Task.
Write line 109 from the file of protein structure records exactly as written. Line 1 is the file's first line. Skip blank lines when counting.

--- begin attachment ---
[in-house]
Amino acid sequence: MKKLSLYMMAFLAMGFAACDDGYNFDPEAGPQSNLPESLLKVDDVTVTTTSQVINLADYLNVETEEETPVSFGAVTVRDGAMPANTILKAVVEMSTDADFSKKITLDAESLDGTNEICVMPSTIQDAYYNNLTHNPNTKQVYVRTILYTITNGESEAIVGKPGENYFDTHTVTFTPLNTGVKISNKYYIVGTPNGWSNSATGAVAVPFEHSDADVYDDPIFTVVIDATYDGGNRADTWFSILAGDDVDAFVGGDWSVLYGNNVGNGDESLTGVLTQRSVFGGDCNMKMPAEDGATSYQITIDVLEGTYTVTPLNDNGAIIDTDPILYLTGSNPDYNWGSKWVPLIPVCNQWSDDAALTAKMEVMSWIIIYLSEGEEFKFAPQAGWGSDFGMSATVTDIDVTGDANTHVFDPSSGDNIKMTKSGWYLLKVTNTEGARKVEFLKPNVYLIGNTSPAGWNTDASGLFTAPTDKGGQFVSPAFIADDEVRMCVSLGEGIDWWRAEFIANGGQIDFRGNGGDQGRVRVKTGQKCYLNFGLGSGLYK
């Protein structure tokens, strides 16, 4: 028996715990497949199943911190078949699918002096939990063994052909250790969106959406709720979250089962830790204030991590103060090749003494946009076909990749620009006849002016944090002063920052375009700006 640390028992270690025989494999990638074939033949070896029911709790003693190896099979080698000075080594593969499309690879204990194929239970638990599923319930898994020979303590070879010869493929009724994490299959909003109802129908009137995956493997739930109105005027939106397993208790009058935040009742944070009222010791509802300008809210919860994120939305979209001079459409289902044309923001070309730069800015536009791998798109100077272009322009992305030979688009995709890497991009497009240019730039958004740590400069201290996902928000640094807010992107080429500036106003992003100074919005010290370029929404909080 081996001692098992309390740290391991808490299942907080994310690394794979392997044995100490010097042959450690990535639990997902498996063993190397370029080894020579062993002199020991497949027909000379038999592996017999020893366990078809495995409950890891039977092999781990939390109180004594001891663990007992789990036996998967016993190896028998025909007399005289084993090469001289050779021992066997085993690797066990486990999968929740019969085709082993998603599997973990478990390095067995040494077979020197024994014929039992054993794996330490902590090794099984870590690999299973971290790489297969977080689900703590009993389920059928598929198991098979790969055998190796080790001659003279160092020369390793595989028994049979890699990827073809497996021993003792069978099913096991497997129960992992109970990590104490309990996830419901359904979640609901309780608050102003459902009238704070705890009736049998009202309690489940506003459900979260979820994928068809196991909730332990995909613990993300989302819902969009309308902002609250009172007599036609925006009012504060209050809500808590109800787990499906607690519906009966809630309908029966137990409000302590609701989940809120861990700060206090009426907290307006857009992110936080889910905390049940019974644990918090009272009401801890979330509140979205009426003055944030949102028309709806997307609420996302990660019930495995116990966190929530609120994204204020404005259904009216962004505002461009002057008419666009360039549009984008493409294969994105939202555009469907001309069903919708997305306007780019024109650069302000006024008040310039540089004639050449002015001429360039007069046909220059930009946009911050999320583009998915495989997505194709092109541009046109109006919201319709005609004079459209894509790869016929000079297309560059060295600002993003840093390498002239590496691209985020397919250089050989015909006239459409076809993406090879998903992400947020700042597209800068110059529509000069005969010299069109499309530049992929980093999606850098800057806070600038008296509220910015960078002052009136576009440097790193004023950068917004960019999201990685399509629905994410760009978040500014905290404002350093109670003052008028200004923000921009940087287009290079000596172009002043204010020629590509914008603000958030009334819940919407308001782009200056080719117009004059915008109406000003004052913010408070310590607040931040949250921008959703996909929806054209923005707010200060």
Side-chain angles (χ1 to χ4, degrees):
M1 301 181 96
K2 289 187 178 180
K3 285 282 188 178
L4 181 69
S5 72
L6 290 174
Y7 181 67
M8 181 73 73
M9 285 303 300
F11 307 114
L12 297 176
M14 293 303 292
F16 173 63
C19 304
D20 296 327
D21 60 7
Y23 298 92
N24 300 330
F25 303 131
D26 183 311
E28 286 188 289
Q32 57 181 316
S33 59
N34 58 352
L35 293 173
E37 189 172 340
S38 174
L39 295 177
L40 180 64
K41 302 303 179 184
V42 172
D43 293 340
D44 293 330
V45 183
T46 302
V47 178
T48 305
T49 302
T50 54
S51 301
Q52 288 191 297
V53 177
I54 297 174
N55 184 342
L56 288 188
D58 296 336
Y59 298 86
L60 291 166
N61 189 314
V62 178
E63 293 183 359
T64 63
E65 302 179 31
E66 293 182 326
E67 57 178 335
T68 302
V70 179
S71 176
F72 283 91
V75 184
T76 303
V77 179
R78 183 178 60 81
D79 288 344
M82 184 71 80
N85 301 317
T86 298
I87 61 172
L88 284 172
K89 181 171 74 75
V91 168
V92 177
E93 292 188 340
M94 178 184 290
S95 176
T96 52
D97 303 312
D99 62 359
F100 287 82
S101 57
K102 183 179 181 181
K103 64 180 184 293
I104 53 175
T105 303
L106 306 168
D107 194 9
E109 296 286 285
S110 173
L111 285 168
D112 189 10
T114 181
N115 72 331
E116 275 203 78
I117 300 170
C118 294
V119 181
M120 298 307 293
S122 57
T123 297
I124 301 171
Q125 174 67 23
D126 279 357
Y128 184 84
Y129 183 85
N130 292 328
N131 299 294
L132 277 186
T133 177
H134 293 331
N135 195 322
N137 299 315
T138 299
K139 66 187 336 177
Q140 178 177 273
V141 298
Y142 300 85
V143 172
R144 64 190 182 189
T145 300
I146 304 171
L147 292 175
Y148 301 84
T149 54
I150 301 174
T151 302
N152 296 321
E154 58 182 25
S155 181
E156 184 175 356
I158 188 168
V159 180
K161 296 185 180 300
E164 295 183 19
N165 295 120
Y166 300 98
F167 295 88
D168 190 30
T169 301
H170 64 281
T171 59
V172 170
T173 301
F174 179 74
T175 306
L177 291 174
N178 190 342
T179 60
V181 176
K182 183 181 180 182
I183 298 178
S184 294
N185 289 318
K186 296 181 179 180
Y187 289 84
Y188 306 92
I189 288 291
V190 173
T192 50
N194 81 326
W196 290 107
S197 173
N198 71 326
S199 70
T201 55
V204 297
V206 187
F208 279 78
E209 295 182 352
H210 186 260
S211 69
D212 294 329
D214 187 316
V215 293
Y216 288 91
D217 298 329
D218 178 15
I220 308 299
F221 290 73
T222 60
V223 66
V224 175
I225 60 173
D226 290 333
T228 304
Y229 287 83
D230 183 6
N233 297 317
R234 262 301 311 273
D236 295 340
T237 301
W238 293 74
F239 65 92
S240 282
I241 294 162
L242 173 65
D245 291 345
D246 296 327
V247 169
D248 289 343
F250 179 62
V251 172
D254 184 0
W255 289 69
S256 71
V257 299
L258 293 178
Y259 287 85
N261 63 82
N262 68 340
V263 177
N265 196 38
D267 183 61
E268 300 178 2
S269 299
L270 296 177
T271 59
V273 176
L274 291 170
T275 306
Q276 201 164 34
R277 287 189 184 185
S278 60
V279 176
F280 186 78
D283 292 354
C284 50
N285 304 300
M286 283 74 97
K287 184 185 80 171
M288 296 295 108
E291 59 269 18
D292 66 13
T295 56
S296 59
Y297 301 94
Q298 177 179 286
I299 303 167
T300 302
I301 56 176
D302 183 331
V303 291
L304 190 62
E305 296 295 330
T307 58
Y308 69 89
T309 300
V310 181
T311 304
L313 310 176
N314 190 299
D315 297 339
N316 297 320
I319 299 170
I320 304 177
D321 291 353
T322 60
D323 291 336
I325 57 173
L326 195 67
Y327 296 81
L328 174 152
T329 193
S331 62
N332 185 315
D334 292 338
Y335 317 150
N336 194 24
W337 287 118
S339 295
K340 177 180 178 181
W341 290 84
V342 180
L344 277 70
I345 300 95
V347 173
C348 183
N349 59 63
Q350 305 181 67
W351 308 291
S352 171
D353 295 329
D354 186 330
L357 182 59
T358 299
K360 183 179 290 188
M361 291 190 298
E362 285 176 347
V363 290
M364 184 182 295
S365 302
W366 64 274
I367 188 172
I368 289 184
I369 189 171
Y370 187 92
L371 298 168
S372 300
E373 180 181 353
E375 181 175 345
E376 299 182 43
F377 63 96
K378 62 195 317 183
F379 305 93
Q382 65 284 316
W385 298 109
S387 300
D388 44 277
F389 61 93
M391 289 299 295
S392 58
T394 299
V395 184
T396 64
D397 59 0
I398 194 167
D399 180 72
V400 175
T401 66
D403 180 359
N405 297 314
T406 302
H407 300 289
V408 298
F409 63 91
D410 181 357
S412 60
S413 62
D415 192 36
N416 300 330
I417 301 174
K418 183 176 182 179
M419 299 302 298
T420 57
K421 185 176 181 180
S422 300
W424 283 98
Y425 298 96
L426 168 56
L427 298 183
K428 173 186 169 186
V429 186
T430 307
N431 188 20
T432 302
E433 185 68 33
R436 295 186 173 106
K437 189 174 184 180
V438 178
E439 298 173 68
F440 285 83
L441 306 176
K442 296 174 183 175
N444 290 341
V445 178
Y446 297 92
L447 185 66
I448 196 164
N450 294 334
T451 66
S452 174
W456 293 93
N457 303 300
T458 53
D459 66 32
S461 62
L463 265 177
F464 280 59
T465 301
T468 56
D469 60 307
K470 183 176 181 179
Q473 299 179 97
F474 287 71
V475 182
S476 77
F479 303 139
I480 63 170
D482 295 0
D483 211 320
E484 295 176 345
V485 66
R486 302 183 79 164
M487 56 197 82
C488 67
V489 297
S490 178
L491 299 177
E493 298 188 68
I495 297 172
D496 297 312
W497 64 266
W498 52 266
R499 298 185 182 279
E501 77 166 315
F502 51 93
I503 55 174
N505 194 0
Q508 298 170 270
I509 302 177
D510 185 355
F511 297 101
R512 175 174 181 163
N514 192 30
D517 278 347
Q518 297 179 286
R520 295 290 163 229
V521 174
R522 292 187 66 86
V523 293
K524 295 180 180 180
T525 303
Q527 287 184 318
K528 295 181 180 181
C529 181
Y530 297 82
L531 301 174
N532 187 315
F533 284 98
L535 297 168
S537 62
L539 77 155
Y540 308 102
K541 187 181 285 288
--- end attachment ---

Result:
N130 292 328